If you’re behind the wheel, steer north by northwest toward the top of the world. The highways through Canada and Alaska offer breathtaking scenery and the freedom to explore at your own pace. Most travelers choose the Alberta to Alaska Highway route or the British Columbia-Yukon route. Expect potholes and flying gravel. View details about these roads at www.northtoalaska.com.
Regardless of your approach, you’ll be overwhelmed by all the natural beauty and wildlife, yet close to amenities necessary to make the trip comfortable and memorable. The highways are open year-round, but the best time to travel is from late spring to early fall. More facilities are open, the weather’s friendlier and the wildlife plentiful.
The drive is at least 2,000 miles from the Lower 48 so plan, plan and plan before you leave. First, make sure your vehicle is in tip-top shape. If you’re pulling a heavy load, upgrade the shocks. Second, secure an atlas and road maps, and then sign up with a roadside service, such as AAA, that includes long-distance towing. Third, anticipate needs along the way. Bring extra oil, a couple of spare tires, extra belts, a first-aid kit, snacks, water and lots of gas money.
Remember that Canada dispenses gas in liters — 3.78 liters equals 1 U.S. gallon. Gas is also more expensive, especially in remote areas, and seldom conveniently located. When your gas gauge reads half a tank, it’s best to take a break from driving and fill up.
Crossing the Border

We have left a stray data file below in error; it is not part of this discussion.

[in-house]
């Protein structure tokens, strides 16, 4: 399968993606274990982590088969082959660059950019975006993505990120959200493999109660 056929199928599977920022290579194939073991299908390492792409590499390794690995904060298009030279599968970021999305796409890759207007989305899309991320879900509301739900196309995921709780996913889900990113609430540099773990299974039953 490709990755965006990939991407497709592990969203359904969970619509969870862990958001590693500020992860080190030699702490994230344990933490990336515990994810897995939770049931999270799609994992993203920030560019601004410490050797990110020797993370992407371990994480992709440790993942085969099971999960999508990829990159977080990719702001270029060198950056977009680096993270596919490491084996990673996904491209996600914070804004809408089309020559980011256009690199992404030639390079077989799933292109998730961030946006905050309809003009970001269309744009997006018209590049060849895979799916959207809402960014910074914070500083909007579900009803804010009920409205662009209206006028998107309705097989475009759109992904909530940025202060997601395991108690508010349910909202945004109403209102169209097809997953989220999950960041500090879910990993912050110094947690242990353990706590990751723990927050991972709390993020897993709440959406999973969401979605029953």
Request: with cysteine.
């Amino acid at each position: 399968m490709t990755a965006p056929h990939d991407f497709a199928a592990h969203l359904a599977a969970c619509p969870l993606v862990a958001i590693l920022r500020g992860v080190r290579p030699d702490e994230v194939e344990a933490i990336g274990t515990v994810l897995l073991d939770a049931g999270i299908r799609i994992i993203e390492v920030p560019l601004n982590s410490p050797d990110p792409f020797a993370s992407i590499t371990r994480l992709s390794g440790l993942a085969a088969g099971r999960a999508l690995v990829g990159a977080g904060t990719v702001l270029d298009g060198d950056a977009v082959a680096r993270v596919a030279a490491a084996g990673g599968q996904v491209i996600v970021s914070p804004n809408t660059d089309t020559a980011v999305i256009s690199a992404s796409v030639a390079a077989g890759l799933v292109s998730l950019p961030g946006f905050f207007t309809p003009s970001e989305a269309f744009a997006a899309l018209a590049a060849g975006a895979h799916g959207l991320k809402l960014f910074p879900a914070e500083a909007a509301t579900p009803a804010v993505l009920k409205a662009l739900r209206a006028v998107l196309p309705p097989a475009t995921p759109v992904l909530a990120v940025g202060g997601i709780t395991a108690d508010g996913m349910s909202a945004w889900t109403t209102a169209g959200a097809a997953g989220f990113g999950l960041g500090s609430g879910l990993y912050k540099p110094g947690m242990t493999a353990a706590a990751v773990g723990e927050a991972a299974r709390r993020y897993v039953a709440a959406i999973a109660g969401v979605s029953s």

Travel through the Canadian-U.S. borders requires a valid passport. Canadian Customs officials can deny entry based on a criminal record, including a DUI conviction. They can also search vehicles and travelers at their discretion. For details, visit www.canadawelcomesyou.net.
Anyone younger than 16 years old may cross land and sea borders using a U.S. birth certificate, but minors not accompanied by both parents must carry a notarized letter from their legal guardian and/or the other parent granting permission to travel into Canada.
Dogs and cats with rabies vaccination and health certificates signed by a veterinarian may accompany their owners. Both certificates must clearly identify the animal(s) in your possession. Failure to present these certificates — if asked — could cause you to be prohibited from entering the country.
You must also show proof of sufficient funds. Canada accepts most major U.S. credit cards, plus you won’t have to worry about the conversion rate. Nevertheless, take a good stash of cash in case you end up somewhere that doesn’t accept credit cards. For the rate of exchange, go to www.bankofcanada.ca/rates/exchange/10-year-converter.
Canada also allows nonresidents to transport certain classes of firearms, but they must be declared, so be sure to check with the Canada Border Services Agency before you leave. Find Canada’s gun control laws and download required forms at www.rcmp-grc.gc.ca/cfp-pcaf. Or save yourself the hassle and ship your firearms instead.
The U.S. Department of State encourages all Americans traveling outside the country to register at https://step.state.gov/step.
Consulate General of the United States,